Jozi Film Festival 2018 highlights and opening film
The 7th annual Jozi Film Festival (JFF) will take place from 27 to 30 September 2018 at The Bioscope Independent Cinema in Maboneng and for the first time, at The Olive Tree Theatre in Marlboro. JFF is Johannesburg’s longest-running independent multi-genre film festival, screening both local and international films in the City of Gold. Small and gritty, and critically acclaimed, the festival’s main aim is to provide a platform for both established and emerging South African filmmakers, while also showing international films that speak to a diverse Jozi audience. This is also the second year that JFF has partnered with Discovery Channel to offer African filmmakers a chance to win the ‘Don’t Stop Wondering Award’, a category that calls for short doccie submissions from across the continent.
Opening Night Film:
Whispering Truth to Power directed by Shameela Seedat (SA)
This film charts the final year in office of South Africa’s Public Protector, Thuli Madonsela, as she attempts to bring justice to ordinary people. After successfully challenging President Zuma for illegal use of state funds, she now has to face the biggest challenge of her career: investigating – in the face of protests, death threats and legal challenges – the alleged systematic takeover of government by a private family in cahoots with the President. But how does one weigh the importance of fighting government corruption against the larger moral crime of continued inequality?
Whispering Truth to Power documents the tense story of Madonsela’s last year in public office while simultaneously crafting an absorbing tale of an outstanding lawyer, mother and woman, as well as providing insight into several critical issues facing South Africa today, such as ongoing inequality, racial tensions, land redistribution and corruption.
The film will screen at The Olive Tree Theatre in Marlboro on 27 September in partnership with the African Human Rights Festival (AHRFF). Director Shameela Seedat will be in attendance. The film will screen again at The Bioscope on 28 September.
The Oslo Diaries (feature-length documentary)
Director: Mor Loushy and Daniel Sivan, Israel
JFF will be screening the Africa premiere of the acclaimed documentary, The Oslo Diaries, which premiered at Sundance 2018. Once upon a time, Israel and Palestine almost made peace. Both nations came close: they could feel it, touch it. But, then at the eleventh hour it all collapsed. The result is an ongoing violent reality that the world continues to witness. Personal diaries written by participants of the secret peace talks between the Israelis and Palestinians, as well as never before seen archival footage of the Oslo Accord peace process creates a dramatic thriller of historic importance. The film by Mor Loushy and Daniel Sivan provides new insights into why the peace process failed and why both sides are still embroiled in the longest ongoing conflict of our times. It will help viewers understand the intricacy of peace making and the profound emotional connections the players had during this process. This is an intimate story that speaks to the current difficult situation in the Middle East.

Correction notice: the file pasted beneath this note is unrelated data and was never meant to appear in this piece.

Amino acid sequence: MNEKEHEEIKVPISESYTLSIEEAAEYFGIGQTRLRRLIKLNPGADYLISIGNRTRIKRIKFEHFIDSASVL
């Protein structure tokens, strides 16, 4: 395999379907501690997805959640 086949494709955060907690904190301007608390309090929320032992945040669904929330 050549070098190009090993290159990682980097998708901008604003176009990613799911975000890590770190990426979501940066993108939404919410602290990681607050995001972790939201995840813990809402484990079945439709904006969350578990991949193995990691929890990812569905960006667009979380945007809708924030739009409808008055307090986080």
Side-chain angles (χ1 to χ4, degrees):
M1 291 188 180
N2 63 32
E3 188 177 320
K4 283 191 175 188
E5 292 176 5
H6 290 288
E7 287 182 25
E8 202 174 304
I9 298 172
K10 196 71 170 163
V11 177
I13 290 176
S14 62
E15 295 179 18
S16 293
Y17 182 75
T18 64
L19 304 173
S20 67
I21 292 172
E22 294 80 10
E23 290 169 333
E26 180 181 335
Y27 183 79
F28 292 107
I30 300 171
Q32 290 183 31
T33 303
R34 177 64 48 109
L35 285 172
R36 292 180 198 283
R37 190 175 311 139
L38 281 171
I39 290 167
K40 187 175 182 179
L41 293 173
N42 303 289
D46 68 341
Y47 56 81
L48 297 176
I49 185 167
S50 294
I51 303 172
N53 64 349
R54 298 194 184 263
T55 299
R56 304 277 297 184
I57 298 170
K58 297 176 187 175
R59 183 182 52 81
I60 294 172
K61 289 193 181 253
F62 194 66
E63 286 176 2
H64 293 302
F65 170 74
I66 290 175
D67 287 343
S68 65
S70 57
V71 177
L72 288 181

Mma Moeketsi (short fiction)
Director: Reabetswe Moeti, SA
We all remember the fateful event, on 16 August 2012 when the South African police opened fire on striking miners at the Marikana Platinum Mine, where 34 miners were killed and 78 wounded. Based on a true story, Mma Moeketsi is a domestic worker from rural Lesotho working for a suburban family in Johannesburg. Mma Moeketsi’s only son is among the strikers. In the wake of the wage increase strike from 15 August 2012, Moeketsi’s phone is off and he is nowhere to be found. Mma Moeketsi can do nothing but wait pensively for her son to call her or at least pick up her phone calls. One part of her life is at a standstill while her physical presence must still operate as the housekeeper of her suburban employers, in an empty, lonely silence.
Discovery Channel’s Don’t Stop Wondering Award
Following the success of 2017, the ‘Discovery Channel Don’t Stop Wondering Award’ in partnership with the annual Jozi Film Festival returned for a second consecutive year in February 2018. The competition called for two to five minute documentaries from filmmakers across Africa which showcase and celebrate unique African stories and capture Discovery Channel’s ethos of sparking curiosity.
The Africa-wide competition received entrants from across the continent and the Discovery and Jozi Film Festival teams were blown away with the creative, emotive and thought-provoking portrayals of Africa’s culture and people. The Top 10 films, as selected by a Discovery and Jozi Film Festival jury, have been produced by filmmakers from countries including South Africa, Namibia, Ghana and Tanzania. The films present a diverse range of themes and inspiring stories that showcase the many different ways of celebrating Africanism; from century-old cultural traditions, to wildlife conservation efforts, to social change and the new generation of African youth. The films are currently being broadcast on Discovery Channel and the winning film will be selected by popular vote via the voting tool on Discovery’s website. Voting closes on 24 August.
This year’s prize from Discovery Channel will include a Canon XF-405 video camera with Singer Photographic camera accessories worth over $5,800 in order for the winner to use for their next filming project. The winner will be flown to the awards in Johannesburg to receive their prize. To view the Top 10 films, visit the official Discovery Channel Don’t Stop Wondering competition website.
This is a small sample of what is a stellar line-up for 2018. The full programme (dates, times, venues) will be available towards the end of the month on the JFF website. Tickets can be bought online via The Bioscope’s website in September, and at the door at both venues.